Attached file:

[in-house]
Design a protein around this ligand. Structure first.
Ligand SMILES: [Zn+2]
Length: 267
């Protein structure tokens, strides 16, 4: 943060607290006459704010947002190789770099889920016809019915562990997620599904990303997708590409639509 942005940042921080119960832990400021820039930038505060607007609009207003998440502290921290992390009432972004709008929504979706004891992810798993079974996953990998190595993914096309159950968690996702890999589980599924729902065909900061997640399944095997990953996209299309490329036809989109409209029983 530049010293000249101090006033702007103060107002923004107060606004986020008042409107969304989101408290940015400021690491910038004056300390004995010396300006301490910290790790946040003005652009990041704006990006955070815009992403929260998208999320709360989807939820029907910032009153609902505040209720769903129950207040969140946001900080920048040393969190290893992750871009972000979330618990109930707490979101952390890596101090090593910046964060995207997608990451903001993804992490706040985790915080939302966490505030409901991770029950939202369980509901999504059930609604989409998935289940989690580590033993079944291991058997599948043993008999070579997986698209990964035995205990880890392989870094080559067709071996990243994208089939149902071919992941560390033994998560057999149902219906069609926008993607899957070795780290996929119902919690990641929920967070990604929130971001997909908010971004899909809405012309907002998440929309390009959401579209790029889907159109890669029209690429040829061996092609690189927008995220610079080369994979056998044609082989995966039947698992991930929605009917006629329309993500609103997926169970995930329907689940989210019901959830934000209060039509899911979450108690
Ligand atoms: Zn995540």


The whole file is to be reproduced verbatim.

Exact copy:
[in-house]
Design a protein around this ligand. Structure first.
Ligand SMILES: [Zn+2]
Length: 267
């Protein structure tokens, strides 16, 4: 943060607290006459704010947002190789770099889920016809019915562990997620599904990303997708590409639509 942005940042921080119960832990400021820039930038505060607007609009207003998440502290921290992390009432972004709008929504979706004891992810798993079974996953990998190595993914096309159950968690996702890999589980599924729902065909900061997640399944095997990953996209299309490329036809989109409209029983 530049010293000249101090006033702007103060107002923004107060606004986020008042409107969304989101408290940015400021690491910038004056300390004995010396300006301490910290790790946040003005652009990041704006990006955070815009992403929260998208999320709360989807939820029907910032009153609902505040209720769903129950207040969140946001900080920048040393969190290893992750871009972000979330618990109930707490979101952390890596101090090593910046964060995207997608990451903001993804992490706040985790915080939302966490505030409901991770029950939202369980509901999504059930609604989409998935289940989690580590033993079944291991058997599948043993008999070579997986698209990964035995205990880890392989870094080559067709071996990243994208089939149902071919992941560390033994998560057999149902219906069609926008993607899957070795780290996929119902919690990641929920967070990604929130971001997909908010971004899909809405012309907002998440929309390009959401579209790029889907159109890669029209690429040829061996092609690189927008995220610079080369994979056998044609082989995966039947698992991930929605009917006629329309993500609103997926169970995930329907689940989210019901959830934000209060039509899911979450108690
Ligand atoms: Zn995540």